Sri Lanka's Rajapaksa 'sought army help after poll defeat'
Former Sri Lankan leader Mahinda Rajapaksa tried to deploy the army when he realised that he had lost elections, a spokesman for new President Maithripala Sirisena has alleged.
He said that the head of the armed forces came under pressure to intervene shortly before Mr Rajapaksa conceded defeat on 47.6% of the vote.
There has been no comment from the military about the allegations.
The deposed president's spokesman denied the claims as baseless.
"There was no such attempt at all," said Mohan Samaranayake.
"In fact, at 3:30 am on 9 January when the counting was still under way, the president made an assessment and decided what the results would be," he added.
"Then he gave instructions to all secretaries about a smooth transfer of power... The politician who has made these remarks is in the habit of making baseless allegations."
Sri Lanka has largely been free of military interference in politics except for a coup in 1962 that failed to oust the government. Since then, there has been no direct military role in the government.
'Tried to remain'
President Sirisena's top aide said on Saturday that pressure had been applied by the outgoing leadership onto armed forces head Gen Daya Ratnayake to intervene in the result in the hours before Mr Rajapaksa accepted defeat.
"The army chief was under pressure to deploy but he did not. He declined to do anything illegal," Rajitha Senaratne, the chief spokesman for the new president, told reporters in Colombo.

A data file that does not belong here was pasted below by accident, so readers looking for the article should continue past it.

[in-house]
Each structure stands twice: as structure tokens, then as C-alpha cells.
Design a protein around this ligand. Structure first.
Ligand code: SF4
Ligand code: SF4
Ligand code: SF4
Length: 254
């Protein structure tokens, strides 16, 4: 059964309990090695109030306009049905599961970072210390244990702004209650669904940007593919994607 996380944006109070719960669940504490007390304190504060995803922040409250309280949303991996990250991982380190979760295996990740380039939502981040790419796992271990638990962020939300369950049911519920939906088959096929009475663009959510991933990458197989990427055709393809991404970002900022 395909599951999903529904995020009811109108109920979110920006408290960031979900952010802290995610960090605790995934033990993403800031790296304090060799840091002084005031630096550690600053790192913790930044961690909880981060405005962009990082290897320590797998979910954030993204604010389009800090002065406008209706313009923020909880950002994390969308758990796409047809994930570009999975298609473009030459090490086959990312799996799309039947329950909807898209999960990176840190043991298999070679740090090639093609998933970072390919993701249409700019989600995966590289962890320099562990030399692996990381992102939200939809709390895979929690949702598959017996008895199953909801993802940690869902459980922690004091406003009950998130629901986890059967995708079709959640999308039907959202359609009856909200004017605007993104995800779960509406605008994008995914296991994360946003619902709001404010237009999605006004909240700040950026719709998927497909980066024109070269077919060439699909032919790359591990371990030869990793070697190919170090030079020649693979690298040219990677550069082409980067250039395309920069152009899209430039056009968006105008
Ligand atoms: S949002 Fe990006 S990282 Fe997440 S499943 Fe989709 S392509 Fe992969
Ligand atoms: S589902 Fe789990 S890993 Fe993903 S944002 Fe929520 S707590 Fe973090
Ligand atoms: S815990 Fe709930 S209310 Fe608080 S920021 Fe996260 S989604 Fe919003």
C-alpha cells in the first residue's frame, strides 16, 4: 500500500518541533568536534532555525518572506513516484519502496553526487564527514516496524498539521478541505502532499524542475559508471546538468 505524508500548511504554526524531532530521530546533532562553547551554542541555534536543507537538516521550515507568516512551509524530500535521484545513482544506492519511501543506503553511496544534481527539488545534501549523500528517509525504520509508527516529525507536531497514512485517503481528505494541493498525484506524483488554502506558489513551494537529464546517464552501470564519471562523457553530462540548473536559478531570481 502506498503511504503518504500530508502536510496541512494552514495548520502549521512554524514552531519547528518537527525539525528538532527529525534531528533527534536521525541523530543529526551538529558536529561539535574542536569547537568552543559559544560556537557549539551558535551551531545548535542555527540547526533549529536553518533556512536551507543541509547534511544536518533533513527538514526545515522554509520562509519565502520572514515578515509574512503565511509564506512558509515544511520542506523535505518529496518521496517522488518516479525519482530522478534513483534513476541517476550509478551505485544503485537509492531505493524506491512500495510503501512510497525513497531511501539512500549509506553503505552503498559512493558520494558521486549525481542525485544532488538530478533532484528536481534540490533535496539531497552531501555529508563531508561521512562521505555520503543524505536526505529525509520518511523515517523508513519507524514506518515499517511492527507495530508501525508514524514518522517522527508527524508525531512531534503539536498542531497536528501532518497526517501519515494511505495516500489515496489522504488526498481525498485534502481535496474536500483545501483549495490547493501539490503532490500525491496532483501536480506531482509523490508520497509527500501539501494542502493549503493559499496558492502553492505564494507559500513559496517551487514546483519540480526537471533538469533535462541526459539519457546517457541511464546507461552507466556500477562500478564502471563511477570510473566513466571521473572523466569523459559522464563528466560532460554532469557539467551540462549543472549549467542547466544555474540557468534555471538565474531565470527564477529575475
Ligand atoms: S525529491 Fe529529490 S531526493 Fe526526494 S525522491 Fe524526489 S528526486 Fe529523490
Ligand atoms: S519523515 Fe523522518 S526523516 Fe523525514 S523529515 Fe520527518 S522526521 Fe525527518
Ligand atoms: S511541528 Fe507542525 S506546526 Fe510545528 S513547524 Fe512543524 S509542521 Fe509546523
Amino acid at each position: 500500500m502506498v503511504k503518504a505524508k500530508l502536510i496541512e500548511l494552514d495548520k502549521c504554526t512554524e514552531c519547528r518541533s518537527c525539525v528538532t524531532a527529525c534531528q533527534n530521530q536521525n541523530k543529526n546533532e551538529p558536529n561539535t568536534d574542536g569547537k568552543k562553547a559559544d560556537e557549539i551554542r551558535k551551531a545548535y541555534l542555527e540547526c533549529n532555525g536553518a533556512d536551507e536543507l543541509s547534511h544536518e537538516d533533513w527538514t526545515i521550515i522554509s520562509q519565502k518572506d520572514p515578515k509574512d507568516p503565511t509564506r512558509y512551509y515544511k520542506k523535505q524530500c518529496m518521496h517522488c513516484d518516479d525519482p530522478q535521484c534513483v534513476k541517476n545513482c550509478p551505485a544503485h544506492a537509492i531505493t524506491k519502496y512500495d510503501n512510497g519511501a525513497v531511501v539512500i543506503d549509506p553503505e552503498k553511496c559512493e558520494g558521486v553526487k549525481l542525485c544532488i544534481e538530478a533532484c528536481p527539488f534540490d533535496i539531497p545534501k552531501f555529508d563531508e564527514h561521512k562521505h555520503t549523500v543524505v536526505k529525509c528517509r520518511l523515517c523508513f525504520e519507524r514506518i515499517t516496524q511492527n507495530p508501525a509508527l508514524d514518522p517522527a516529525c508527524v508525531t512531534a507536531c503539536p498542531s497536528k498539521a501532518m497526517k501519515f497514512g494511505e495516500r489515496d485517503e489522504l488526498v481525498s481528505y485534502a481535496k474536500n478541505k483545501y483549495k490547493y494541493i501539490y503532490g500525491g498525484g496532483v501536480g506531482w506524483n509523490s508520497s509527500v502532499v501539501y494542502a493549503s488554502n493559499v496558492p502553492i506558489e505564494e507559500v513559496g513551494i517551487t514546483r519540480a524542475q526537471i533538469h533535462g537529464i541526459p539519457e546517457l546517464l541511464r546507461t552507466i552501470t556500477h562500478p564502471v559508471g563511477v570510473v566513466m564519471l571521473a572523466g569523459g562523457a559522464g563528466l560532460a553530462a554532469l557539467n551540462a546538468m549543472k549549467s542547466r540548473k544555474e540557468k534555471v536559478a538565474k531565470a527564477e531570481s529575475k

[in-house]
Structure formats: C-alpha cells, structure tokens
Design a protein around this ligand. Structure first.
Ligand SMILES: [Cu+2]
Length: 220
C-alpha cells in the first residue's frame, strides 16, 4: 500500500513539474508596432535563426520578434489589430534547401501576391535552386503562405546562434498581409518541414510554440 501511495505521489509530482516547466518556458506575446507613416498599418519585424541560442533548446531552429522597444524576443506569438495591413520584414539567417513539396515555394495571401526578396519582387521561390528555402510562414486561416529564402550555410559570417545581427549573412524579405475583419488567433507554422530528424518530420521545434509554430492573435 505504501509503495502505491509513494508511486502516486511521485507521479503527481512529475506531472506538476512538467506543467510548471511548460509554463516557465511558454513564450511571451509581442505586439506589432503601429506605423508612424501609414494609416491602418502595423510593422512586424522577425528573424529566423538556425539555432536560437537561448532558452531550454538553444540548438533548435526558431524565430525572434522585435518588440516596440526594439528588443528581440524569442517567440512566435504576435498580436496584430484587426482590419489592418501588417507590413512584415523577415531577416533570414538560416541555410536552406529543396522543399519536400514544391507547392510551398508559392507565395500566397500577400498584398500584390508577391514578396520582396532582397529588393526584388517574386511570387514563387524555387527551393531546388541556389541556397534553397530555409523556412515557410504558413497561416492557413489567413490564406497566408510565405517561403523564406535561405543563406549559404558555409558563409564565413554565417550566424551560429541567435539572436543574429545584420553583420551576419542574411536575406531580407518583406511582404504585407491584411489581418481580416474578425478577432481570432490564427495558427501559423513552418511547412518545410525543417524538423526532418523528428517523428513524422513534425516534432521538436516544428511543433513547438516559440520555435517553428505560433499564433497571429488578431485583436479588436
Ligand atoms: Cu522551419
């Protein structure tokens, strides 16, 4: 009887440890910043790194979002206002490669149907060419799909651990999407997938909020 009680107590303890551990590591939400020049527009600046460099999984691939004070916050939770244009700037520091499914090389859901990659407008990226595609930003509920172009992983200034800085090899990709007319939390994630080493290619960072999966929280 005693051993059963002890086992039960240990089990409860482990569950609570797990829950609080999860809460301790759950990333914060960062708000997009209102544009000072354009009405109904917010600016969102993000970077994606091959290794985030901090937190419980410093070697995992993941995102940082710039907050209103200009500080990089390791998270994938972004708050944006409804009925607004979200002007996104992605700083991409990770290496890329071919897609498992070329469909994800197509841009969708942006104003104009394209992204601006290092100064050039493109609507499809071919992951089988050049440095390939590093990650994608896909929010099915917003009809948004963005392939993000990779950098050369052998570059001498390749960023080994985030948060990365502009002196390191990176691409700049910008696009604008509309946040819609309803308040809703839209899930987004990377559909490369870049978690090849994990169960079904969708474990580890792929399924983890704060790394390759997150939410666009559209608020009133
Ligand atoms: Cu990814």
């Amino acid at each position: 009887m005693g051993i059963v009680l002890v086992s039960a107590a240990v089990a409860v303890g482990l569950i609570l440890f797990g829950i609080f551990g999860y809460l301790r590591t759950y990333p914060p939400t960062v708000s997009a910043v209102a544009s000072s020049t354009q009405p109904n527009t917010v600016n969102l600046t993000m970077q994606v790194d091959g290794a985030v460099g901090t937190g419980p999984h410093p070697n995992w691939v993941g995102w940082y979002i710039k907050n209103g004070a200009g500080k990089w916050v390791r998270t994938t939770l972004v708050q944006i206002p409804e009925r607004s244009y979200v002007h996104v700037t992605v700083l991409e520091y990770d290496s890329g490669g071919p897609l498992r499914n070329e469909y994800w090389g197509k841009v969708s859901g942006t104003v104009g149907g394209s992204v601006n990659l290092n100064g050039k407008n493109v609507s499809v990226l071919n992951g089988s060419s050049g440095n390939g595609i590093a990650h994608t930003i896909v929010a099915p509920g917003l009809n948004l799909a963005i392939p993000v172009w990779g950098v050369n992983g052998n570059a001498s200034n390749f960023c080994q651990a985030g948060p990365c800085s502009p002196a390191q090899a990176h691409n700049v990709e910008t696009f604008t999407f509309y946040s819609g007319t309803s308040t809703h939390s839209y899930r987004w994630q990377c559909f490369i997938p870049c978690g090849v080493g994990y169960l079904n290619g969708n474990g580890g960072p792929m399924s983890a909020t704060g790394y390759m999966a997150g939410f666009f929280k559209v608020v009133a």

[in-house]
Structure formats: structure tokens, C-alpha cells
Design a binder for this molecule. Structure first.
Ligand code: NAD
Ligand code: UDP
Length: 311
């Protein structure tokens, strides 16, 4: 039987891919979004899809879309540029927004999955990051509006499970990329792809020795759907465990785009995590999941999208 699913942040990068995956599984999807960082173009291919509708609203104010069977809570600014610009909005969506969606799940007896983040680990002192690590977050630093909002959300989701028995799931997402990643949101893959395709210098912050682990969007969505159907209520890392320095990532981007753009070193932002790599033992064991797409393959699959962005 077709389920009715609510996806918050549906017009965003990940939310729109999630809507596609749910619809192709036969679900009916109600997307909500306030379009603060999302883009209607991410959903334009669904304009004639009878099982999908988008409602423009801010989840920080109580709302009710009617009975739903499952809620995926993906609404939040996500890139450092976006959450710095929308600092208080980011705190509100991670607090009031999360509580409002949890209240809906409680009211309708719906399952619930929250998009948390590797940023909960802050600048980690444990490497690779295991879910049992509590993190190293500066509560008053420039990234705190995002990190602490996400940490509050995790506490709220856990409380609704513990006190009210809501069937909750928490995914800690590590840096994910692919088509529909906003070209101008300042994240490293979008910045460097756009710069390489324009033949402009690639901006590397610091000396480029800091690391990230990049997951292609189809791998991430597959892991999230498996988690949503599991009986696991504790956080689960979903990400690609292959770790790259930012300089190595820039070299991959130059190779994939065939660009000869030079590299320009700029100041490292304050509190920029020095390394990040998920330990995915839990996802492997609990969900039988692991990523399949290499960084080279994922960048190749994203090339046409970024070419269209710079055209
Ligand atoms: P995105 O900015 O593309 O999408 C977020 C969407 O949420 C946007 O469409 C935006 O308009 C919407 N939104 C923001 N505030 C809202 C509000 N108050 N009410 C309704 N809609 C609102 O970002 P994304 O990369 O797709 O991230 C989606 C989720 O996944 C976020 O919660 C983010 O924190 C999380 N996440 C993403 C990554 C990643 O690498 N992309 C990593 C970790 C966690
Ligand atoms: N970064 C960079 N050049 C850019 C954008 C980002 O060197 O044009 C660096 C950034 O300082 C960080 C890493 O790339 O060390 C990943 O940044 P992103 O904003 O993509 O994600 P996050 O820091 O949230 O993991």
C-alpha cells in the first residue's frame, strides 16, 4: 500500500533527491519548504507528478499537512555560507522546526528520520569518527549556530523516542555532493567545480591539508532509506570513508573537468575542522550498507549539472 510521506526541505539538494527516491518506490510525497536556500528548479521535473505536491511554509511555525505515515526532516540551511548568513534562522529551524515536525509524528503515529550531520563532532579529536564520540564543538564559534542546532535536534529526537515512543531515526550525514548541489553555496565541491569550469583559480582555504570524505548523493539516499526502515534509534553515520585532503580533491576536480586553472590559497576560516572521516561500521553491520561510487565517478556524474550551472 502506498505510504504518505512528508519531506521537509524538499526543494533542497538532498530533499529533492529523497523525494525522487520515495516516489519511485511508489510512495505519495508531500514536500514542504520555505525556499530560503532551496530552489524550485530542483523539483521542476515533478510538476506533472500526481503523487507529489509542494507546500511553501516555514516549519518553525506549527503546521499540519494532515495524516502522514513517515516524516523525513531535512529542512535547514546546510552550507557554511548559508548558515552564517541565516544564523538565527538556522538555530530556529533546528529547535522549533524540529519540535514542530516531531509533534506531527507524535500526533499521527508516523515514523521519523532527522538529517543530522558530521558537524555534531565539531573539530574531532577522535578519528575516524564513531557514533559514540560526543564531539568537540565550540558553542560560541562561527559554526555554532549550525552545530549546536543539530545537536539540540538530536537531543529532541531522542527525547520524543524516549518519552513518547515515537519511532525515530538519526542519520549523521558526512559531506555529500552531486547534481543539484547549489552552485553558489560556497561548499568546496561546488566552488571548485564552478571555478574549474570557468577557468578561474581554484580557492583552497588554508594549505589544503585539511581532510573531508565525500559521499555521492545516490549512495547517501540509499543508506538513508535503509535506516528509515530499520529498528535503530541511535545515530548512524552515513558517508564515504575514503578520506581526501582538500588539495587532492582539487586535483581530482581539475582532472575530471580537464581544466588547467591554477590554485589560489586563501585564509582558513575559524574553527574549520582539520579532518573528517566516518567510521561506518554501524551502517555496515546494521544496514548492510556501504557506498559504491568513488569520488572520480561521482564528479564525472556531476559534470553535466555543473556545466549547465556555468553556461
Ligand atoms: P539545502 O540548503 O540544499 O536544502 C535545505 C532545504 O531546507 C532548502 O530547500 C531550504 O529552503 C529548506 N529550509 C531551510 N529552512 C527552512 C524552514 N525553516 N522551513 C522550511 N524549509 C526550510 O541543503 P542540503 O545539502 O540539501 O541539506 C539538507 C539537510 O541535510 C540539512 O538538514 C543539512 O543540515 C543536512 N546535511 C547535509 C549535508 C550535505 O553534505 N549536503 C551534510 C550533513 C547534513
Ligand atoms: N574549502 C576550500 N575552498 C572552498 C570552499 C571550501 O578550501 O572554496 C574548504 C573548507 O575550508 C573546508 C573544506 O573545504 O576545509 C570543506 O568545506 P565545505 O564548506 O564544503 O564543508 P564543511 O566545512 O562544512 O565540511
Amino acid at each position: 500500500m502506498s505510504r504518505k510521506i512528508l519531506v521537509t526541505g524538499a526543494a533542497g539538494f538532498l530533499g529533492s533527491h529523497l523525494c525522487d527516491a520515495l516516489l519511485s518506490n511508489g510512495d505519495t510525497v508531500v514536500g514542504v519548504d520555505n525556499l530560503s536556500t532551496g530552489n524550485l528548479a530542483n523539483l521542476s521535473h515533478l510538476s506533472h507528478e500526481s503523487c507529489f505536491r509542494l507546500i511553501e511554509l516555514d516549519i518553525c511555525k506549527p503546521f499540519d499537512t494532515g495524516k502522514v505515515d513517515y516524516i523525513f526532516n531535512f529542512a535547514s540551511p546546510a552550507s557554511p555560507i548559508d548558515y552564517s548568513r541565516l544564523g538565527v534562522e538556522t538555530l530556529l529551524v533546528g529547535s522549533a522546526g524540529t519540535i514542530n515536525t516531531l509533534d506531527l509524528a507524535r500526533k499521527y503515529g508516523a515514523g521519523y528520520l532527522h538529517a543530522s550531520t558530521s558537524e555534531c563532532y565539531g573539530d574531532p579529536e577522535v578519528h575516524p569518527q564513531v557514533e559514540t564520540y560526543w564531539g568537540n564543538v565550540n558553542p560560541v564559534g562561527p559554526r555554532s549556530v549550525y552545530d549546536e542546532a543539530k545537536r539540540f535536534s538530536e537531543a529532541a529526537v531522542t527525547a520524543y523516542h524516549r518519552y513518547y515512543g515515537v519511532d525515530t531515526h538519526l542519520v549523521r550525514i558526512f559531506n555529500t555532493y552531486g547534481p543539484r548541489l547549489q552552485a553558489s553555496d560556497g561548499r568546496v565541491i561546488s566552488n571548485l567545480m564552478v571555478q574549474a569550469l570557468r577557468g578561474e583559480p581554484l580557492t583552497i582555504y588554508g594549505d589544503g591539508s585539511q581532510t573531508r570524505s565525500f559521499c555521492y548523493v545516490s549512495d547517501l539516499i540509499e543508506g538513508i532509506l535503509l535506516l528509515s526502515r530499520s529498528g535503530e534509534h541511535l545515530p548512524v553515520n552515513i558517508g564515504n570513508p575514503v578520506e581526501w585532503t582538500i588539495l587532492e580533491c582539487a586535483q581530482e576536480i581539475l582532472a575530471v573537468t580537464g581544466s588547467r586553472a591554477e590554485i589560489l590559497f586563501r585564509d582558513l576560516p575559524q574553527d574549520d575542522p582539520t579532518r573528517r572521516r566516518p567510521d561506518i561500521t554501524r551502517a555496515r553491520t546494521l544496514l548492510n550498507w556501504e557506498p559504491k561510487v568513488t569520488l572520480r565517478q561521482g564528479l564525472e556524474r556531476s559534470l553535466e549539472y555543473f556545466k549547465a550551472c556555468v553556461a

"Even in the last hour, he [Rajapaksa] tried to remain in office. Only when he realised that he had no other option, he decided to go."
Mr Senaratne did not detail whether the outgoing president himself tried to contact the military chief or whether the approach was made by his younger brother, Defence Secretary Gotabhaya Rajapaksa.
Mr Senaratne also said that the new president has ordered an end to the censorship of dissident websites, the abolition of phone tapping and a stop to the surveillance of journalists and politicians.
The outgoing president was praised by US Secretary of State John Kerry for his early concession.
Mr Rajapaksa - seeking a third term in office after he changed the constitution to scrap the two-term limit - said on Twitter soon after the vote that he was working to a peaceful transition of power.
Mr Rajapaksa's supporters credit him with ending the civil war and boosting the economy, but critics say he had become increasingly authoritarian and corrupt.
Mr Sirisena is expected to make an address to the nation from the historic hill resort of Kandy on Sunday.